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Why Your Water May be Drying Out Your Hair System and How to Prevent It

Tuesday, May 05, 2015 12:30 PM  |  by HD-Susan

Many people who wear hair systems--especially those with long hair--experience annoying dried out hair in their system at one point or another. There are several factors that lead to dry, crunchy hair like harmful alcohols in hair products, heat styling and blow-drying. But there is one factor that is commonly overlooked--
the quality of your water.

whats in your water

Do you know what's in your water?

As hair wearers, we take special precautions to protect our hair from swimming pool water because
it is well known that chlorine dries out the hair.
It also causes oxidation that makes the hair lighten
or change colors. Most of us have experienced this
first-hand. But did you know that here in the U.S.
most of the treated water that flows into your
home can contain more chlorine than a
swimming pool?

Yep, that means you might as well wear your rubber swim cap in the shower every day.

Conditioning isn't always enough

Chlorine may be great for killing bacteria, but it wreaks havoc on our hair. As you probably know, the hair in hair replacement systems has been processed several times and is not naturally moisturized by scalp oils, so it's easier for the hair to dry out. Because of this, we make a concerted effort to keep our hair systems conditioned with leave-in and rinse-out conditioners, and hair serums and oils.

Think about the naturally dehydrating quality of salt. Chlorine acts similarly by sucking all of the moisture out of your hair (and the color along with it), creating tangling, frizzing and breakage. So, even if you're faithfully conditioning your hair and avoiding heat styling and harmful alcohols, the chlorinated water in your home may be undoing all of your hard work.

Filter out the nasties

Knowing the water in your home likely contains a lot of chlorine, it's really important that you take precautions to filter it out before it gets into your hair and scalp.

So, instead of wearing a rubber swim cap in the shower, an easy and inexpensive way to reduce or remove the harsh chlorine in your shower is to purchase a water filter designed specifically for that purpose. For a shower filter that is cost effective, quick and easy to install (no "plumbing" experience required) and gets rid of the nasties, check out the Aquasana brand (full disclosure: Hair Direct does not sell Aquasana products, nor are we an affiliate).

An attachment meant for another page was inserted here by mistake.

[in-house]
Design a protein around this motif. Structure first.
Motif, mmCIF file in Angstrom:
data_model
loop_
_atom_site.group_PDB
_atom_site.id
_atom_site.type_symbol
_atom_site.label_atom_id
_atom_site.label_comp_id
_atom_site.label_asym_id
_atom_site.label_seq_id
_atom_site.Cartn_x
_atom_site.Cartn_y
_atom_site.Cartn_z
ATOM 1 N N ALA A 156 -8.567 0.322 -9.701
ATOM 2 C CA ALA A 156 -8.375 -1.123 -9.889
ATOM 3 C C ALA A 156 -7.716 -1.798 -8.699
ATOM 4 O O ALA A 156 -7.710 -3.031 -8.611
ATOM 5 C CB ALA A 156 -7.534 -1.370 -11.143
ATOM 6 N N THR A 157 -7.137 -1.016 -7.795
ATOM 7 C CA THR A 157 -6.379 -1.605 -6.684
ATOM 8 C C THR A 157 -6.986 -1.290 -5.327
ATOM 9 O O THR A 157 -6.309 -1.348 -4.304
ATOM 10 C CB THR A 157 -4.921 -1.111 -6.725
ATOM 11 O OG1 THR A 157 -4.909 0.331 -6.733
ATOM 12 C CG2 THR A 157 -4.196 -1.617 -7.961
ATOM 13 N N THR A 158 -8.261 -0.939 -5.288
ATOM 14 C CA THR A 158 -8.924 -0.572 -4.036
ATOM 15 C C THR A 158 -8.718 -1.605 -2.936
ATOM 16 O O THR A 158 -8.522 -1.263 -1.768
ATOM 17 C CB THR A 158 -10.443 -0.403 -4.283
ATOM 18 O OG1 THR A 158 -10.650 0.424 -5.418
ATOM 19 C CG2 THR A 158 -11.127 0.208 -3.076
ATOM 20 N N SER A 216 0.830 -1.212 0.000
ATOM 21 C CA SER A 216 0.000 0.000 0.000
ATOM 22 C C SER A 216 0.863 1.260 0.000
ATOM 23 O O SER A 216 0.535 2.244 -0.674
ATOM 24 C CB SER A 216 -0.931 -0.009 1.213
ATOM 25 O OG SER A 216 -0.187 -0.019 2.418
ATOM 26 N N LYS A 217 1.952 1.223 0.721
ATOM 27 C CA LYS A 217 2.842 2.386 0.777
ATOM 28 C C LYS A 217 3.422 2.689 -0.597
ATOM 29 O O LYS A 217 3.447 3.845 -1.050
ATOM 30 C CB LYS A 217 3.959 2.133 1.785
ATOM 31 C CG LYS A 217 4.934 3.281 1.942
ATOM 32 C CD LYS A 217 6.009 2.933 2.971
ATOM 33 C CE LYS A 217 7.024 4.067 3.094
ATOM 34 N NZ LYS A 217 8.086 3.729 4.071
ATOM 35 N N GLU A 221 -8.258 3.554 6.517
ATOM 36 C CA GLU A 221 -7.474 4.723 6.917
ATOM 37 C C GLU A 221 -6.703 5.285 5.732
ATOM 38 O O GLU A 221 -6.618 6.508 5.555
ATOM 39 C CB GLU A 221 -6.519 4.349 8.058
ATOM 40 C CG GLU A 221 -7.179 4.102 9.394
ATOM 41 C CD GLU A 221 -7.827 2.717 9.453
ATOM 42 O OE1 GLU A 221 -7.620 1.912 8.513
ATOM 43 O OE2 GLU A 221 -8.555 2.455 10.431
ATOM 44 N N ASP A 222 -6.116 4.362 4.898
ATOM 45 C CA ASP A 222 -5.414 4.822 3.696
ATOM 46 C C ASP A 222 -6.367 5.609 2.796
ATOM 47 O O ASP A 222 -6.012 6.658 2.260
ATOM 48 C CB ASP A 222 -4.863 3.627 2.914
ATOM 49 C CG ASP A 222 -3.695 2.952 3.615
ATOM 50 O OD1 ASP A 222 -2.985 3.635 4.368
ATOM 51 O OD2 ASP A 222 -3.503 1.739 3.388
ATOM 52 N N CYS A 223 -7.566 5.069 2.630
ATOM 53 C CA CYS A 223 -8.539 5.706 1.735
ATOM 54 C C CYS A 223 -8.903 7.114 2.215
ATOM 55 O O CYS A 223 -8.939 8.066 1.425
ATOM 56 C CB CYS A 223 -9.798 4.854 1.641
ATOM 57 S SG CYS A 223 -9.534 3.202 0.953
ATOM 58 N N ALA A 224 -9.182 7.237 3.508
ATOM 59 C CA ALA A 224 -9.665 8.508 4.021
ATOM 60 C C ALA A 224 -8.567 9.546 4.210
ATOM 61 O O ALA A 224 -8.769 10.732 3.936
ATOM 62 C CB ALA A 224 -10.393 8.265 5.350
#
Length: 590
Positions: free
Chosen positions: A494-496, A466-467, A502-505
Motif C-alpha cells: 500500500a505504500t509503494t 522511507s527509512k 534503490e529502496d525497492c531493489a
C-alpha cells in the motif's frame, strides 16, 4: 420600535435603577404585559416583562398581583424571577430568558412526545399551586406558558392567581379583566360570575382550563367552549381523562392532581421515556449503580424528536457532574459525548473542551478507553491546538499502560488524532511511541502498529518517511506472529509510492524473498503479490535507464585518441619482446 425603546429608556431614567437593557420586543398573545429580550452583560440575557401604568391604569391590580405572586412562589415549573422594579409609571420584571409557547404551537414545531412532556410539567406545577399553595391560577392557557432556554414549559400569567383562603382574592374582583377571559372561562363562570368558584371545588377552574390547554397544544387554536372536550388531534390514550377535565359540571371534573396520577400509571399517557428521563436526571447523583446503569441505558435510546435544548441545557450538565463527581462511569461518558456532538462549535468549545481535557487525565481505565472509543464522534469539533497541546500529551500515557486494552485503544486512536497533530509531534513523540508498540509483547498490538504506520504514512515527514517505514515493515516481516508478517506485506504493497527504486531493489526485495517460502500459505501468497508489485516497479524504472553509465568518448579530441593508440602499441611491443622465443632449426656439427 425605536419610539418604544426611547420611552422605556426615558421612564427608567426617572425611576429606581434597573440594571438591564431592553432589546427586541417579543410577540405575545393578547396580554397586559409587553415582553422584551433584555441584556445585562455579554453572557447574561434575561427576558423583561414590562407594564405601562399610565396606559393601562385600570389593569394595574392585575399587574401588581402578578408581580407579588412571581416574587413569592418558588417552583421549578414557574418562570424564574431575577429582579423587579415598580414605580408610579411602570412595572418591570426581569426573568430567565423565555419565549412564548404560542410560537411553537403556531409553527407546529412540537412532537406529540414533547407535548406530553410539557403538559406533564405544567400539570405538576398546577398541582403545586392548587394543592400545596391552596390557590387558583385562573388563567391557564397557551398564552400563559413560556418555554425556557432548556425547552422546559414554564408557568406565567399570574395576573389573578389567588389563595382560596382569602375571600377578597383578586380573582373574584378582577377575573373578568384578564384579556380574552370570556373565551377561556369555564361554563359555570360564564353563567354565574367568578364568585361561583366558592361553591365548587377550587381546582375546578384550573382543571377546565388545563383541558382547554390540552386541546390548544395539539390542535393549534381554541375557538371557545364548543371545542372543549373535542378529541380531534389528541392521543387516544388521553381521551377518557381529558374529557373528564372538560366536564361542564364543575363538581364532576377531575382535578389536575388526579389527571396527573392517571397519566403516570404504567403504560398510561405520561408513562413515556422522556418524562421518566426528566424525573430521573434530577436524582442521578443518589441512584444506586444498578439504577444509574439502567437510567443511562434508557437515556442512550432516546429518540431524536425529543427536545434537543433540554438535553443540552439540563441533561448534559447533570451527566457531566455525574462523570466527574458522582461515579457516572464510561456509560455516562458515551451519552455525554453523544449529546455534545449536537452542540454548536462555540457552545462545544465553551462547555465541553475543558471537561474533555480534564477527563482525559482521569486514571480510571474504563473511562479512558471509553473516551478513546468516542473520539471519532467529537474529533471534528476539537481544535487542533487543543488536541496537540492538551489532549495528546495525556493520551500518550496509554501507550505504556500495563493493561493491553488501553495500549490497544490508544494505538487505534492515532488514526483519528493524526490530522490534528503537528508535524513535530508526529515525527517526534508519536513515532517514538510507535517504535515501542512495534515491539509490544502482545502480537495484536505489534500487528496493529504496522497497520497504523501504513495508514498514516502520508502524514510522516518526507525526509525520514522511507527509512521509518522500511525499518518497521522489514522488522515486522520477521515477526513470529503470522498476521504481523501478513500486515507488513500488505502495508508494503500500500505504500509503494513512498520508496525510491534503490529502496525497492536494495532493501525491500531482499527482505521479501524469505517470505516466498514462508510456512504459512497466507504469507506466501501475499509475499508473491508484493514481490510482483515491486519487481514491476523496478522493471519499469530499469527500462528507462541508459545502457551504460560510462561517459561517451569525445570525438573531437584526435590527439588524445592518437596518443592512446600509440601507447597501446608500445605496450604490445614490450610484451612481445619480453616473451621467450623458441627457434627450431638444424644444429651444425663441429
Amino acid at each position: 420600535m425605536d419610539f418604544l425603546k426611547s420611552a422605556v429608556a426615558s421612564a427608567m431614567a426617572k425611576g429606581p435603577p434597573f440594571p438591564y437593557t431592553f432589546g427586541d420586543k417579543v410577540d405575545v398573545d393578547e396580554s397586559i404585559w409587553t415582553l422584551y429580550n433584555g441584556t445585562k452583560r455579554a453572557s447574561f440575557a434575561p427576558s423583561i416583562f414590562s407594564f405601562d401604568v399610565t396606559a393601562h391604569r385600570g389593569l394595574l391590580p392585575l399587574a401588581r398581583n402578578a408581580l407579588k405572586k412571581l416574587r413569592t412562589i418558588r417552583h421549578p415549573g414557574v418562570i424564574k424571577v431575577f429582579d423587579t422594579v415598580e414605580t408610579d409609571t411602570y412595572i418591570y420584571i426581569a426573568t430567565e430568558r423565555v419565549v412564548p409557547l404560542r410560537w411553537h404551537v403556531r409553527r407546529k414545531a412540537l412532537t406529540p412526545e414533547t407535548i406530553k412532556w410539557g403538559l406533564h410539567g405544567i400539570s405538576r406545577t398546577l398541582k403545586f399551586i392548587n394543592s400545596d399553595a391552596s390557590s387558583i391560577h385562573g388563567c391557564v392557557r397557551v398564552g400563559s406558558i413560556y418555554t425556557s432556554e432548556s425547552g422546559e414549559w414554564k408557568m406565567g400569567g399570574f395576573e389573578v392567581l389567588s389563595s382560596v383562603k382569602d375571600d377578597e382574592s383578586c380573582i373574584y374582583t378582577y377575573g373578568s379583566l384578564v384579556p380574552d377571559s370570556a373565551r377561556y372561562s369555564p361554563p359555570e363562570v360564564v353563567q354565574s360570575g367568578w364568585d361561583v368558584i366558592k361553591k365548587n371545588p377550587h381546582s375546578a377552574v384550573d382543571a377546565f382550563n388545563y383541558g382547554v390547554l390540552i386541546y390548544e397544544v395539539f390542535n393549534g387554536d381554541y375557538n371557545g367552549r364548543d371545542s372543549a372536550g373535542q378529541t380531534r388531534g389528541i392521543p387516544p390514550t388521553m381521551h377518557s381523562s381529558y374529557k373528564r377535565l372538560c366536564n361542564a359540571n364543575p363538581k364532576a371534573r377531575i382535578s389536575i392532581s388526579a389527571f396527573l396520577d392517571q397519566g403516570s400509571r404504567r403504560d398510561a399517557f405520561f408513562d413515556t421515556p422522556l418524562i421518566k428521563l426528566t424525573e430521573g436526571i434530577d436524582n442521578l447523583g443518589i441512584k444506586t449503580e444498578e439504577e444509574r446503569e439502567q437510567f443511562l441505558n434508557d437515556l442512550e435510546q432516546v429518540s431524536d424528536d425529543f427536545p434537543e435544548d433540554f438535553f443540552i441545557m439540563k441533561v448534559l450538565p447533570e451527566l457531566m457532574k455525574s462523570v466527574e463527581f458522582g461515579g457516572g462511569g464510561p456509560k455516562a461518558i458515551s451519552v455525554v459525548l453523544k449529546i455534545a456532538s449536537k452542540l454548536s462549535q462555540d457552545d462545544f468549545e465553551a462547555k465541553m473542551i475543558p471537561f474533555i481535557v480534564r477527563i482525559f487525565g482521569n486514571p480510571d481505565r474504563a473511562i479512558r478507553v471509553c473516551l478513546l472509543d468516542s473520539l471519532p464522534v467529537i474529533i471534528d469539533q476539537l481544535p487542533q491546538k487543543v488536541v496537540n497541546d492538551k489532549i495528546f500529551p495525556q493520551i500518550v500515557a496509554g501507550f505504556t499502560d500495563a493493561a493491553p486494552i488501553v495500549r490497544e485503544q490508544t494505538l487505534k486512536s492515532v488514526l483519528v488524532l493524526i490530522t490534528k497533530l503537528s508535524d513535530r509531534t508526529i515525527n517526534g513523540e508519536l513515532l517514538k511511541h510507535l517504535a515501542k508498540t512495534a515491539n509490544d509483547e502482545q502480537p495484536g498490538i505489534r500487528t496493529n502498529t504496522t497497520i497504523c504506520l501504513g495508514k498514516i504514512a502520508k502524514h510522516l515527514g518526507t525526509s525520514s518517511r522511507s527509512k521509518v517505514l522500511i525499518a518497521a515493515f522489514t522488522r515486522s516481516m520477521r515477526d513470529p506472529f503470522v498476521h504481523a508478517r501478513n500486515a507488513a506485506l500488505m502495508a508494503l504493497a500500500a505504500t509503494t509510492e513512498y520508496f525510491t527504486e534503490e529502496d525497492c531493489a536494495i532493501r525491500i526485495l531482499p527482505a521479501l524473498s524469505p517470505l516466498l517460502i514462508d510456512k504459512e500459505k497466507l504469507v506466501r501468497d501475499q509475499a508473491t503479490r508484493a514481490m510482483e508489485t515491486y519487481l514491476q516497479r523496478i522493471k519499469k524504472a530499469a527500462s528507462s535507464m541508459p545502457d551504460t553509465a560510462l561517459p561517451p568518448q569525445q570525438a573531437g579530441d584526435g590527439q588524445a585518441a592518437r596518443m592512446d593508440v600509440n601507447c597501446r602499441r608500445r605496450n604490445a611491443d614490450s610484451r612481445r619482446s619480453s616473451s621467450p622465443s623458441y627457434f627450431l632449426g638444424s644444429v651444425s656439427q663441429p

Aquasana's shower filter uses a two-stage filtration system that removes chlorine and synthetic chemicals like pesticides, solvents and medications while helping to balance the pH. You can also get whole-house water filtration systems that will protect your hair if you wash your system in your sink. There are many different brands and options available on the market. Just make sure you get something that filters out chlorine. 

Shower filters are a quick, easy and affordable way to help protect your hair replacement system and your scalp at the same time. This could be the missing link that's preventing your hair system from being soft, smooth and manageable.

If you filter your shower water and have noticed a difference in your hair, let us know in the comments below.

About HD-Susan

Integration units, clip-ons, bonded systems—even hair transplants—I‘ve been there and done that! After mastering bonded hair replacement, I started a consultation business and created a training system that educates women on how to transition into wearing bonded hair faster, with greater success, and less emotional fatigue. I posted in the HD forum for over 4 years as a client, and eventually joined the staff at Hair Direct as a content developer in 2012. My role focuses primarily on creating educational and instructional materials that can help you learn faster and make more strategic decisions so you can have a great experience wearing hair. It’s not just about looking good in your hair, it’s about feeling good under it too.